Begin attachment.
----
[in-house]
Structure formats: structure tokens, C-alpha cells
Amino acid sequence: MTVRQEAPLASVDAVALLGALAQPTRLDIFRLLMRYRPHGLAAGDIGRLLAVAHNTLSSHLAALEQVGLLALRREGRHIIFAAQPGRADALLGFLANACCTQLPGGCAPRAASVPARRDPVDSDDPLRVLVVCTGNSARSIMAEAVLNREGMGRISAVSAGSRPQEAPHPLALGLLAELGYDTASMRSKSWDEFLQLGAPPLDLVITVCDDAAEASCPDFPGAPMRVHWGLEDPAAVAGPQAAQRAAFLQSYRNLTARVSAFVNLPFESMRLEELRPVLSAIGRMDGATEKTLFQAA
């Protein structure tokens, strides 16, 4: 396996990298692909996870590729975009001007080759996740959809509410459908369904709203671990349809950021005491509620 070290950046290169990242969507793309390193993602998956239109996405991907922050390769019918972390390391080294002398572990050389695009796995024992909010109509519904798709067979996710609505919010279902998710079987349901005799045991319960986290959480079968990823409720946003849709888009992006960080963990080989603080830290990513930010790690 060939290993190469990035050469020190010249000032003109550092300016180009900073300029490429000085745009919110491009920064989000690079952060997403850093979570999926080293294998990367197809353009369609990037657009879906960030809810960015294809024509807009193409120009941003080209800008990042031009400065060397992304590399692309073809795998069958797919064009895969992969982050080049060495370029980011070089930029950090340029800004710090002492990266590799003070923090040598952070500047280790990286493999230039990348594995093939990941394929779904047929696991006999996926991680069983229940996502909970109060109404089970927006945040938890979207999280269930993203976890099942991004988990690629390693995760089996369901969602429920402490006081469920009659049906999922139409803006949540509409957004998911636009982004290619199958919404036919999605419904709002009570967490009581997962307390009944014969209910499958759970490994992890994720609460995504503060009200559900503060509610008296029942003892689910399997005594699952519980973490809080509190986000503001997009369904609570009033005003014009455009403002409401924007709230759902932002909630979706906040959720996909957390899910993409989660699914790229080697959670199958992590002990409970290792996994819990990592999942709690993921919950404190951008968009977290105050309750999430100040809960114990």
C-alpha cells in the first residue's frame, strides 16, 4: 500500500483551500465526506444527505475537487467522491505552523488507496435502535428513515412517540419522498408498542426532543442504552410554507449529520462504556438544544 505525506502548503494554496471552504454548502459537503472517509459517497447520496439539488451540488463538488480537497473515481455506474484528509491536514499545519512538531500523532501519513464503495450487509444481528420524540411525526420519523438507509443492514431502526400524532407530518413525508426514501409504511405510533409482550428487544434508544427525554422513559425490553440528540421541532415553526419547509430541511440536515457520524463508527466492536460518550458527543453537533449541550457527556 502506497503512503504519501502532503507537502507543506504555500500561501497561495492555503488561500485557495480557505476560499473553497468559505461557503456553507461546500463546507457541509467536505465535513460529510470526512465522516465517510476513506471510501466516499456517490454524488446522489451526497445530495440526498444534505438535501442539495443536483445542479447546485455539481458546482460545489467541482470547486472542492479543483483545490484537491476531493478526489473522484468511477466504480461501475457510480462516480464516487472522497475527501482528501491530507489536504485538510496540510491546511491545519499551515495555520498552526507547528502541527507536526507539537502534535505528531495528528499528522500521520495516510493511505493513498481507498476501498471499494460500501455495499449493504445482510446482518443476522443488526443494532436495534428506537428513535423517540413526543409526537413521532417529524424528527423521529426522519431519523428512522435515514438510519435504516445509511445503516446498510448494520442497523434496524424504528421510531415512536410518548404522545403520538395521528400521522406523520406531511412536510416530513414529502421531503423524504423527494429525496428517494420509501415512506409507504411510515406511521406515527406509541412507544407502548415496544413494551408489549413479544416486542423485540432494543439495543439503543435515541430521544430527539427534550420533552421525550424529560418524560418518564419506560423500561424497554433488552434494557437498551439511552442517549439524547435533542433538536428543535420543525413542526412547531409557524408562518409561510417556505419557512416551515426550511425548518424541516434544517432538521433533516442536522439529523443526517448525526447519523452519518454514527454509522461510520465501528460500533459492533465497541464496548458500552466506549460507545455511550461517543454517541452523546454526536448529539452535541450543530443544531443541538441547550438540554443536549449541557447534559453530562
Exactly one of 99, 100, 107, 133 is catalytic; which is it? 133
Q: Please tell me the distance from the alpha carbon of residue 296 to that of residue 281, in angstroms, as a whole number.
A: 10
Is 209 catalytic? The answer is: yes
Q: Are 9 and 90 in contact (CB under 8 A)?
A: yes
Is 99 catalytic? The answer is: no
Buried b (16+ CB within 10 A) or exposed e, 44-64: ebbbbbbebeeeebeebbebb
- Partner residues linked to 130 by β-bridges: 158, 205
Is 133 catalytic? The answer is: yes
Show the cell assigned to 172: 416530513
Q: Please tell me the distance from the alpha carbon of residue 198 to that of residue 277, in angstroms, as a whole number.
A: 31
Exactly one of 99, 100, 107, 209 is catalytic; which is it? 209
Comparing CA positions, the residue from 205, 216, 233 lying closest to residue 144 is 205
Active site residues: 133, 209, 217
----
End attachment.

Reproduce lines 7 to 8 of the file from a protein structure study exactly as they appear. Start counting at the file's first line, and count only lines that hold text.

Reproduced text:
Q: Please tell me the distance from the alpha carbon of residue 296 to that of residue 281, in angstroms, as a whole number.
A: 10